People overstate their contributions to group projects not just due to egocentrism but also because credit is hard to estimate in large groups, a new UC Berkeley study shows. Estimates from students asked to quantify their contributions to a group project consistently totaled as much as 140%.
If you’ve ever worked in a team, chances are you’ve probably given yourself more credit than you’re actually due. A new study from UC Berkeley’s Haas School of Business shows that people overstate their contributions people in part because we’re naturally egocentric and also because it gets harder to consider everyone’s contributions when groups are larger.
In the first of four experiments, the study participants–699 MBA students enrolled in a negotiations course–answered six questions about how much work, percentage-wise, they contributed to a team project. Their totals consistently added up to more than 100%. All together, the responses from individuals within teams of eight or more totaled more than 140%.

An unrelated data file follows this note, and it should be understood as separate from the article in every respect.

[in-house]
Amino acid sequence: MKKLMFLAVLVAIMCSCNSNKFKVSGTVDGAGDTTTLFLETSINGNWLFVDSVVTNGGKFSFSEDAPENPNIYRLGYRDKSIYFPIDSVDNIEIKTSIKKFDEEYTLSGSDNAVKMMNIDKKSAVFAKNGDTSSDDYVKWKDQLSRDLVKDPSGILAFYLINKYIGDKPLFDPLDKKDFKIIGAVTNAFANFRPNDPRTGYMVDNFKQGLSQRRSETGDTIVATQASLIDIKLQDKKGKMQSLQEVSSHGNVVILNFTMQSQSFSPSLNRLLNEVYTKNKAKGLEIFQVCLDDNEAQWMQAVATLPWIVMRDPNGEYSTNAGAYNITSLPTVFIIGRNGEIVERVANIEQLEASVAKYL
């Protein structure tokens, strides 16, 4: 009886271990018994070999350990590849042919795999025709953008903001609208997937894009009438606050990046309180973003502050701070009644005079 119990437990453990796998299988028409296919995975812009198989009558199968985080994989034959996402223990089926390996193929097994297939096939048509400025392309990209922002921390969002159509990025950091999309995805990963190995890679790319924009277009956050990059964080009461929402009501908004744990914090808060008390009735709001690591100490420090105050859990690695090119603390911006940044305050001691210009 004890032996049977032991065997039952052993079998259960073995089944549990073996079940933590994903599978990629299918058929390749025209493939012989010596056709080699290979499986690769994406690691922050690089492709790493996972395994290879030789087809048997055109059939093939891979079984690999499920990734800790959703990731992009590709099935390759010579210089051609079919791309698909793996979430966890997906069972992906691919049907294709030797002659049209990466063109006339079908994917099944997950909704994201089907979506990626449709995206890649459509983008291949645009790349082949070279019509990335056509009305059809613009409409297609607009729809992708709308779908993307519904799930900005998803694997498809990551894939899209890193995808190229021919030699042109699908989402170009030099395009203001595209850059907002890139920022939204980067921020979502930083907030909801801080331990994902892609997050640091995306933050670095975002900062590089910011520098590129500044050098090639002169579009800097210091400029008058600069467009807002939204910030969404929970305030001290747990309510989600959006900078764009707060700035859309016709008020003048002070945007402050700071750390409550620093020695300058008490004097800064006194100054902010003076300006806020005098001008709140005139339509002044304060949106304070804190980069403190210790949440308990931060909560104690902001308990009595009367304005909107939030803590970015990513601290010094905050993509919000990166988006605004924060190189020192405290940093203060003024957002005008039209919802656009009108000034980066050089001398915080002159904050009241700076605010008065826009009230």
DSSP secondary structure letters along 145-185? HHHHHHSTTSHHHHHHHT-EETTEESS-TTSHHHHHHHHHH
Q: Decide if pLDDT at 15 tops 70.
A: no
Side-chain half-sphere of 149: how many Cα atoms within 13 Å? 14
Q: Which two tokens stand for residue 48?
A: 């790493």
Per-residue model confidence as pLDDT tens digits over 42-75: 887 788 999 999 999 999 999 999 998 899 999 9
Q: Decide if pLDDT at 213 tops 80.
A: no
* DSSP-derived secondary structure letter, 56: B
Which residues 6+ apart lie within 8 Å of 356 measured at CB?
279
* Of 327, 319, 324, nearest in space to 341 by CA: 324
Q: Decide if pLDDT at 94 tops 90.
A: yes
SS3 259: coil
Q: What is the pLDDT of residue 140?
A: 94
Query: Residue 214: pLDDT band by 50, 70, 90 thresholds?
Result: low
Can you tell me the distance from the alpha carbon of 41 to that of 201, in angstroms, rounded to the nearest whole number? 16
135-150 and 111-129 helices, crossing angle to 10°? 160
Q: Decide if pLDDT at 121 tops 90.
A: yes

Managers who are skeptical about an individual employee’s contributions should first ask that person to report what their teammates did before listing off their own contributions. The researchers claim this tactic helps draw out the truth from credit hogs.